Using genomics to match treatments improved outcomes for certain patients with metastatic breast cancer

The use of multigene sequencing as a therapeutic decision tool improved the outcomes for patients with metastatic breast cancer when the genomic alterations identified were ranked in the I/II tiers of the ESMO Scale for Clinical Actionability of molecular Targets (ESCAT), according to results from the SAFIR02-BREAST trial presented at the San Antonio Breast Cancer Symposium, held December 7–10, 2021.

Next-generation genome analysis technologies allow researchers to simultaneously sequence multiple genes and to establish the mutational profile of a patient’s tumors. This can help with targeting the identified alterations with therapeutics that may not be the standard of care for that disease, with the goal of improving patient outcomes.

“Multigene sequencing has been widely implemented but its clinical impact and the best framework for its use are unclear,” said presenter Fabrice André, MD, Ph.D., research director at Gustave Roussy Cancer Campus. “The main purpose of our study was to test whether genomic analyses are useful for patients with metastatic breast cancer, and how we can best analyze the results.”

The phase II SAFIR02-BREAST trial enrolled patients with metastatic, HER2-negative breast cancer to evaluate whether targeted therapies guided by genomics improve progression-free survival (PFS) compared to maintenance chemotherapy. Patient who had received more than two lines of chemotherapy or one of the targeted therapies evaluated in the trial were not eligible to participate.

The researchers performed a pooled analysis of this trial and the SAFIR-PI3K trial that compared a combination of the PI3Kα-specific inhibitor alpelisib (Piqray) and the estrogen receptor antagonist fulvestrant with maintenance chemotherapy in patients with PIK3CA-mutated metastatic breast cancer.

Genomic analysis through next-generation sequencing and SNP array was performed on 1,462 patients. The investigators assigned 238 patients whose disease was stable after six to eight cycles of chemotherapy and who carried known genomic alterations to either the appropriate targeted therapies matched to their genomic alteration (157) or maintenance chemotherapy (81).

The drugs included in the study were vistusertib, AZD4547, capivasertib, sapitinib, selumetinib (Koselugo), vandetanib (Caprelsa), bicalutamide (Casodex), olaparib (Lynparza), and alpelisib, and were matched to the following targets respectively: m-TOR, EGFR, AKT, HER2 or EGFR, MEK, VEGF or EGFR, androgen receptor, and PARP.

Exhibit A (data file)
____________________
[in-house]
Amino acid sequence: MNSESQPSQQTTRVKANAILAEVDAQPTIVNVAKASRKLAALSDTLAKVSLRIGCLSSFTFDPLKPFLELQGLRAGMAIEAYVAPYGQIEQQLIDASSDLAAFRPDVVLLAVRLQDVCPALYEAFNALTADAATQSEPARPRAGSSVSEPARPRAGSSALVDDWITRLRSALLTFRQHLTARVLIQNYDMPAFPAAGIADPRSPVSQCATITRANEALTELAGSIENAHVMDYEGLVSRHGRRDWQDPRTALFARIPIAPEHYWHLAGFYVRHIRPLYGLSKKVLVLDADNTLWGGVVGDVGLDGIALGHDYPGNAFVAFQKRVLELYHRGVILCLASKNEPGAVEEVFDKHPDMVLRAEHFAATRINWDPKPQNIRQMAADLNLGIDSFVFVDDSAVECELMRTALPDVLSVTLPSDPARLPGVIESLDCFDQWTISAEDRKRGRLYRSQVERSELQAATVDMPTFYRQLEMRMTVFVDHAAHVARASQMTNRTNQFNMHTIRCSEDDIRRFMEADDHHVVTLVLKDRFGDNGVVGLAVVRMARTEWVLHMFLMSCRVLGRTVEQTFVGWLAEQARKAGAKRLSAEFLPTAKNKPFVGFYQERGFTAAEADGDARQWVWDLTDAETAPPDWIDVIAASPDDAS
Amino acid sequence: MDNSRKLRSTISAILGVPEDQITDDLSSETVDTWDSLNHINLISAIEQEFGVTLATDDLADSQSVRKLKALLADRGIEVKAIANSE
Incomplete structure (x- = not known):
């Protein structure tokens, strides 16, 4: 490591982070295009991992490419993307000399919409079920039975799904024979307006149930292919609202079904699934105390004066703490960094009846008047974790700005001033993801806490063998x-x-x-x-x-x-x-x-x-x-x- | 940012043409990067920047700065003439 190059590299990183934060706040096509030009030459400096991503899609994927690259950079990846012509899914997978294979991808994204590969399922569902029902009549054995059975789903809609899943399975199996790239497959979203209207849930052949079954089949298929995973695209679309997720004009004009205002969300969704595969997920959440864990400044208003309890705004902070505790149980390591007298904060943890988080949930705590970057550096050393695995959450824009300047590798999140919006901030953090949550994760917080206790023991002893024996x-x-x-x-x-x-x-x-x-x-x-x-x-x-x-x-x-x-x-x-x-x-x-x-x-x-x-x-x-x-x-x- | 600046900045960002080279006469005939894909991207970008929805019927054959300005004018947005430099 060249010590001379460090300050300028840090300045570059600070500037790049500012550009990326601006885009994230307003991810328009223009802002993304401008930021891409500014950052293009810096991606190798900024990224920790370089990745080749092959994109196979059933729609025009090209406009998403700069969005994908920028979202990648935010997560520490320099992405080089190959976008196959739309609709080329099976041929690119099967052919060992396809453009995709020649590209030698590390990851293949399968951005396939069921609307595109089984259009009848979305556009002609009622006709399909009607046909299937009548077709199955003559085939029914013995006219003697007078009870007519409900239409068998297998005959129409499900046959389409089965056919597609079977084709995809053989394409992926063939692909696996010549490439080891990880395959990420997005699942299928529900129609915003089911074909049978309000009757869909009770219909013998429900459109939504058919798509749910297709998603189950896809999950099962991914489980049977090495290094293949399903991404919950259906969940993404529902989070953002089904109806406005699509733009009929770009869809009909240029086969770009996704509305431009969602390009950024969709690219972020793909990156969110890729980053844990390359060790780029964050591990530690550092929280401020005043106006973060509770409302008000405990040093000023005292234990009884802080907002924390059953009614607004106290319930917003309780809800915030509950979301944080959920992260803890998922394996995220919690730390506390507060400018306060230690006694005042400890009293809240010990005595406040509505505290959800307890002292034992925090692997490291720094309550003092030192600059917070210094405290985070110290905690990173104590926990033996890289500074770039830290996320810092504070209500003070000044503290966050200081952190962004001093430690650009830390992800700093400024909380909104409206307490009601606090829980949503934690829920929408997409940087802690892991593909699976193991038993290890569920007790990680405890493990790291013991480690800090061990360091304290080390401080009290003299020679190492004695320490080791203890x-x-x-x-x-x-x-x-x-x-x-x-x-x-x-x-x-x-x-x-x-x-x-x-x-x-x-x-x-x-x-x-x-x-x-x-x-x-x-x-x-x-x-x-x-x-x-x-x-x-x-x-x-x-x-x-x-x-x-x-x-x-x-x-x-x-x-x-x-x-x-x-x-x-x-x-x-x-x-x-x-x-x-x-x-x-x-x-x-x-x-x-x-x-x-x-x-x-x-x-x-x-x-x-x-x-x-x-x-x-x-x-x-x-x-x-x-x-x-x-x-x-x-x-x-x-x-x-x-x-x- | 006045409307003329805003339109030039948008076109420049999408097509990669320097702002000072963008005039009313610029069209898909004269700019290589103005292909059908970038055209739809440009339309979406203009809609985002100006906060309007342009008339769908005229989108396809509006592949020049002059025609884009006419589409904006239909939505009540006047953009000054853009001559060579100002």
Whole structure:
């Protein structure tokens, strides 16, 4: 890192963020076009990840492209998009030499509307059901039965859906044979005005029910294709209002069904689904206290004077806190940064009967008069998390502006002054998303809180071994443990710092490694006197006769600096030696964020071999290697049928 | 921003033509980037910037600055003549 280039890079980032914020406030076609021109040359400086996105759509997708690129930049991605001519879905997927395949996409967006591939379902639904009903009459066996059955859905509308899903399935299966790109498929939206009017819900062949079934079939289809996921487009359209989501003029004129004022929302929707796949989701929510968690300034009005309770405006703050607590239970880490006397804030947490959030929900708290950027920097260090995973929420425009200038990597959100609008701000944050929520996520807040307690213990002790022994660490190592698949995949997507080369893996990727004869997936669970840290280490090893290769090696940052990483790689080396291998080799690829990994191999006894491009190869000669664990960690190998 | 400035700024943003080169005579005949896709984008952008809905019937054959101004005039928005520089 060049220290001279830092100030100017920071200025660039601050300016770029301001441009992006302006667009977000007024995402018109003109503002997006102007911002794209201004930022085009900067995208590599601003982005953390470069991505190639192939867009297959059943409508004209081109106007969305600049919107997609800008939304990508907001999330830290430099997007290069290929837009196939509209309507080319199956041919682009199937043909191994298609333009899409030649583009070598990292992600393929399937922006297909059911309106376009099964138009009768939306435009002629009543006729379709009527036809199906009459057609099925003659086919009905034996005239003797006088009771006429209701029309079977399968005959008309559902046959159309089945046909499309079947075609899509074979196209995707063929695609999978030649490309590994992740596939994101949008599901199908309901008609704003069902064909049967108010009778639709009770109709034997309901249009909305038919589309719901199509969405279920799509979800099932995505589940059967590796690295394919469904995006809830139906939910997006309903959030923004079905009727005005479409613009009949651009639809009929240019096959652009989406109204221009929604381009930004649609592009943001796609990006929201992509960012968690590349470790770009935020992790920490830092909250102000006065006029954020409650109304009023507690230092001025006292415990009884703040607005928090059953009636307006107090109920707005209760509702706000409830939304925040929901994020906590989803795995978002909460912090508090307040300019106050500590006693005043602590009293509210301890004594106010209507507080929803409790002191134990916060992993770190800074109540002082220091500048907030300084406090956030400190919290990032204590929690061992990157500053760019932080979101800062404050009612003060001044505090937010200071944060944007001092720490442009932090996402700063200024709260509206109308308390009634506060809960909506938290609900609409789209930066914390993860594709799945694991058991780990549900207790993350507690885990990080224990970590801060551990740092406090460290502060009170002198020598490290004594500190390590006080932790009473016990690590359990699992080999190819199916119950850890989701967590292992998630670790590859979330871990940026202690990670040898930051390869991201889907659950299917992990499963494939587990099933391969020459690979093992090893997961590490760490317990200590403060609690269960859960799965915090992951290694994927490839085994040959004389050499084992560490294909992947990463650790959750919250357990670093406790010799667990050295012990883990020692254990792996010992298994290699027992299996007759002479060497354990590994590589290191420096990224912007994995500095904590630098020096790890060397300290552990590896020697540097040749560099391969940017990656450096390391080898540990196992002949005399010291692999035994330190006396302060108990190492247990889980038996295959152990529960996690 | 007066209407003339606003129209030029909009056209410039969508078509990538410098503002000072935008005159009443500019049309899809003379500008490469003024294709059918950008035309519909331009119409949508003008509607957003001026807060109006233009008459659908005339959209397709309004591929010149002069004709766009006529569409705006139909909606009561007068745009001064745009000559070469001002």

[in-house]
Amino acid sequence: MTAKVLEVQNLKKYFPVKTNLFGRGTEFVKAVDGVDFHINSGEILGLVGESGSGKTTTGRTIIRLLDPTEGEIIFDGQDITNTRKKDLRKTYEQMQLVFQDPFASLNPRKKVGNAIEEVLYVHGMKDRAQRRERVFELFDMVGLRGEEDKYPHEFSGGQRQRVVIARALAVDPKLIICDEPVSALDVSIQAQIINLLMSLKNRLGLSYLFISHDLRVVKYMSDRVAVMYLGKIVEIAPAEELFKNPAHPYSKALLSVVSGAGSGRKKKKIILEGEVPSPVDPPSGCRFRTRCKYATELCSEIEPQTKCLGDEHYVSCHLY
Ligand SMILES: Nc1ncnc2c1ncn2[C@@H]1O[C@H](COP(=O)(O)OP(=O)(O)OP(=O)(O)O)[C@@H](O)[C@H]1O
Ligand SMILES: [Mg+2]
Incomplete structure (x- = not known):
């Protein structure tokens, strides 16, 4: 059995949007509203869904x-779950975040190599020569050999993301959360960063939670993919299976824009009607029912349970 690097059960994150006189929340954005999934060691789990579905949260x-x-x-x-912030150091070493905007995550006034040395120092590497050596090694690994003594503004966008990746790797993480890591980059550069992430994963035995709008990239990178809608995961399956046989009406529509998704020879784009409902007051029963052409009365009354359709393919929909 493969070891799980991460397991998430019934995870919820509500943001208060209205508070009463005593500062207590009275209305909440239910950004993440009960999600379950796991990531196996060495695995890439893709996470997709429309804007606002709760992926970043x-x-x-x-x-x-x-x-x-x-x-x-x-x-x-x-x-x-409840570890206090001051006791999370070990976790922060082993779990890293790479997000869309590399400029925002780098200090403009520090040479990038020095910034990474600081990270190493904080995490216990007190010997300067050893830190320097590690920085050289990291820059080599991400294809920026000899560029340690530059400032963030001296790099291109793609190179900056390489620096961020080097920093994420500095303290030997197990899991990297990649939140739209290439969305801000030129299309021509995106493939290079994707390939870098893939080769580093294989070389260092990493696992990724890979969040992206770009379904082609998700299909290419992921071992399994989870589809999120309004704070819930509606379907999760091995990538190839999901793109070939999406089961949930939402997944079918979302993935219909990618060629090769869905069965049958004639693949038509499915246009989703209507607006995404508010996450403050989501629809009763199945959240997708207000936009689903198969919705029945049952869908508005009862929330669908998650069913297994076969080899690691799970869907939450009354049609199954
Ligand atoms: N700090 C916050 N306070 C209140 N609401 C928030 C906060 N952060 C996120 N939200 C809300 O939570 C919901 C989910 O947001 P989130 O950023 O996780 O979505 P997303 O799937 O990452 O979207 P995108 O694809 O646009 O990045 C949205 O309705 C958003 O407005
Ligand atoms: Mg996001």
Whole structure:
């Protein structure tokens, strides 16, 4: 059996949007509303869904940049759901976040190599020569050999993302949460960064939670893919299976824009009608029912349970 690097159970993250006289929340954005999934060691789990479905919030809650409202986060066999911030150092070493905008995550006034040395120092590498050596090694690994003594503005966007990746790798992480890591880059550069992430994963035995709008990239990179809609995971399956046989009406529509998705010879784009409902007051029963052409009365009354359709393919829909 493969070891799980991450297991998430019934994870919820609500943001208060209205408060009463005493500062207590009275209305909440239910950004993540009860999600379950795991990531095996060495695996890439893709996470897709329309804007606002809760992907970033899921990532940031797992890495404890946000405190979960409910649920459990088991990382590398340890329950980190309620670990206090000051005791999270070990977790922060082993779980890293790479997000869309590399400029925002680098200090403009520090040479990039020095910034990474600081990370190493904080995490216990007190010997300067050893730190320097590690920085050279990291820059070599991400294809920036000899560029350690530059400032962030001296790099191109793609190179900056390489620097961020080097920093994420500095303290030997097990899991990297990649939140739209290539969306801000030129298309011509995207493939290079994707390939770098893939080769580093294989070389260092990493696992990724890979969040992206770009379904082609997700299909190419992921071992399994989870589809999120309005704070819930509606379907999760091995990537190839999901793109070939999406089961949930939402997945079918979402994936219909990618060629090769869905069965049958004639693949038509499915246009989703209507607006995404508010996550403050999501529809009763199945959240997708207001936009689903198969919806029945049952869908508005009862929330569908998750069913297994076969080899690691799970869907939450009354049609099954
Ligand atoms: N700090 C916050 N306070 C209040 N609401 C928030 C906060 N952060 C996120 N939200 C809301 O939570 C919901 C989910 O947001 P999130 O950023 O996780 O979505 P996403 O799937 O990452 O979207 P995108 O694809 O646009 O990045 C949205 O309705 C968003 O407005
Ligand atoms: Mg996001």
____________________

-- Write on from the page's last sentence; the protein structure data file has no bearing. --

Genomic alterations in the patients’ tumors were classified using the ESCAT scale, which ranks the likelihood of genomic alterations to serve as therapeutic targets, based on the strength of evidence from clinical studies. The investigators assessed the efficacy of the therapies in relation to their ESCAT ranking.

In 115 patients presenting an ESCAT I/II genomic alteration, the median PFS was 9.1 and 2.8 months in the matched targeted therapy and maintenance chemotherapy arms, respectively. On the contrary, there was no significant difference in PFS between the two arms in the overall population, and targeted therapies were not effective when matched to alterations that did not rank as ESCAT I/II, suggesting that the ESCAT classification was highly predictive of the benefits of targeted therapies matched to genomic alterations.

“Our study showed that genomic analysis improves the outcome of patients with metastatic breast cancer if they carry alterations classified as ESCAT I/II,” commented André. “These findings suggest that genomics should be a part of the pathway of care, but it has no impact if the results are not interpreted using a validated framework of actionability of the gene alterations identified.”

In addition to testing for known genetic alterations, multigene sequencing also allows researchers to discover new ones. André and colleagues identified 21 gene amplifications or deletions associated with metastatic evolution, poor prognosis, and drug resistance or sensitivity.

“The general implication of our study is that precision medicine can improve patient outcome if it is interpreted with the right tools,” André added.

According to the authors, the main limitation of this study is the limited number of targeted therapies matched to the genomic alterations found.